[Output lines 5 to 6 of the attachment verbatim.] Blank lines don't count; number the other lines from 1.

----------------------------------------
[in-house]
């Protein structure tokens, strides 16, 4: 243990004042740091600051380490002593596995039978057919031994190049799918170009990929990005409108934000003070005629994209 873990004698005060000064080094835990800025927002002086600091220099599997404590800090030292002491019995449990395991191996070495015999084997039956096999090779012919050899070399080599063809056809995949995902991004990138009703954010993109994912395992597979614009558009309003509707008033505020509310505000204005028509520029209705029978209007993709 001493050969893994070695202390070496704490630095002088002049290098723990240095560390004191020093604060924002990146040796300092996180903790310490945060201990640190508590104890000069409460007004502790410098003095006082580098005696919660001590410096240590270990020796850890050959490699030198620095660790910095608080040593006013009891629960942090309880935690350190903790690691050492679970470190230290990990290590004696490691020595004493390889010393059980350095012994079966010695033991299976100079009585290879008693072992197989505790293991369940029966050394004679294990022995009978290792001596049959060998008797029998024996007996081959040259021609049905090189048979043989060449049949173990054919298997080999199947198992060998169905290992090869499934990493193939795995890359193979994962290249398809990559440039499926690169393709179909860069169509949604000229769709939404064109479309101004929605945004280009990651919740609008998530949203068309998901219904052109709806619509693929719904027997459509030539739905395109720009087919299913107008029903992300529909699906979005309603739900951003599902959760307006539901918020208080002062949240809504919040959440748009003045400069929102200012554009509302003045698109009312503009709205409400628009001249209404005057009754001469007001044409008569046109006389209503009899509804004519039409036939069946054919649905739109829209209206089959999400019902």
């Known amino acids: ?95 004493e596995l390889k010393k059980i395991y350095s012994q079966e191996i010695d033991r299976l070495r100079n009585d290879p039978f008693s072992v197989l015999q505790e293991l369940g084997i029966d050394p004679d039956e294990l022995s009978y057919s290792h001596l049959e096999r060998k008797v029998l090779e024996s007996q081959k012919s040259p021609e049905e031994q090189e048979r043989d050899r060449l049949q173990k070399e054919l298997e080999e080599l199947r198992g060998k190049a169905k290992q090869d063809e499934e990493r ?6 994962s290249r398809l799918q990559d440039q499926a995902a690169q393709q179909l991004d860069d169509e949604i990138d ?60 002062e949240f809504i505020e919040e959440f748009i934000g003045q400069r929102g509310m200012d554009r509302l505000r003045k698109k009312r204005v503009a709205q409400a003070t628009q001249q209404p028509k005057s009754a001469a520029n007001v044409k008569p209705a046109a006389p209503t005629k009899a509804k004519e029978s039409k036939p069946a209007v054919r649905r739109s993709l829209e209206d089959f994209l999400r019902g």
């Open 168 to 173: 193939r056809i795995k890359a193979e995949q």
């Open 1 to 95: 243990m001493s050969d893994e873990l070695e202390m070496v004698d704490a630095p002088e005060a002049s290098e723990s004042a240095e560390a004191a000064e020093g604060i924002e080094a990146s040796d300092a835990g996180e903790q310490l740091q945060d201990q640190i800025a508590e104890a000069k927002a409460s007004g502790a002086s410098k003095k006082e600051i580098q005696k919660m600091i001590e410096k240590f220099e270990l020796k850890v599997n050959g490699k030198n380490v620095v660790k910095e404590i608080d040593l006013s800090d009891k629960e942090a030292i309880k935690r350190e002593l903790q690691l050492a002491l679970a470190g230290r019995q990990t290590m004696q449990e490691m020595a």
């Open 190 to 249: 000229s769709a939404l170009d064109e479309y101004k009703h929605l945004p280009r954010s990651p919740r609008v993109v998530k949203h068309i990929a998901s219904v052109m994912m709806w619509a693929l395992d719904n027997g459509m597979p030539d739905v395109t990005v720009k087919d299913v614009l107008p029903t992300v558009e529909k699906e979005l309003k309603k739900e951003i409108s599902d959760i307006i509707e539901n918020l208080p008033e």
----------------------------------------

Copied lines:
């Open 1 to 95: 243990m001493s050969d893994e873990l070695e202390m070496v004698d704490a630095p002088e005060a002049s290098e723990s004042a240095e560390a004191a000064e020093g604060i924002e080094a990146s040796d300092a835990g996180e903790q310490l740091q945060d201990q640190i800025a508590e104890a000069k927002a409460s007004g502790a002086s410098k003095k006082e600051i580098q005696k919660m600091i001590e410096k240590f220099e270990l020796k850890v599997n050959g490699k030198n380490v620095v660790k910095e404590i608080d040593l006013s800090d009891k629960e942090a030292i309880k935690r350190e002593l903790q690691l050492a002491l679970a470190g230290r019995q990990t290590m004696q449990e490691m020595a």
């Open 190 to 249: 000229s769709a939404l170009d064109e479309y101004k009703h929605l945004p280009r954010s990651p919740r609008v993109v998530k949203h068309i990929a998901s219904v052109m994912m709806w619509a693929l395992d719904n027997g459509m597979p030539d739905v395109t990005v720009k087919d299913v614009l107008p029903t992300v558009e529909k699906e979005l309003k309603k739900e951003i409108s599902d959760i307006i509707e539901n918020l208080p008033e």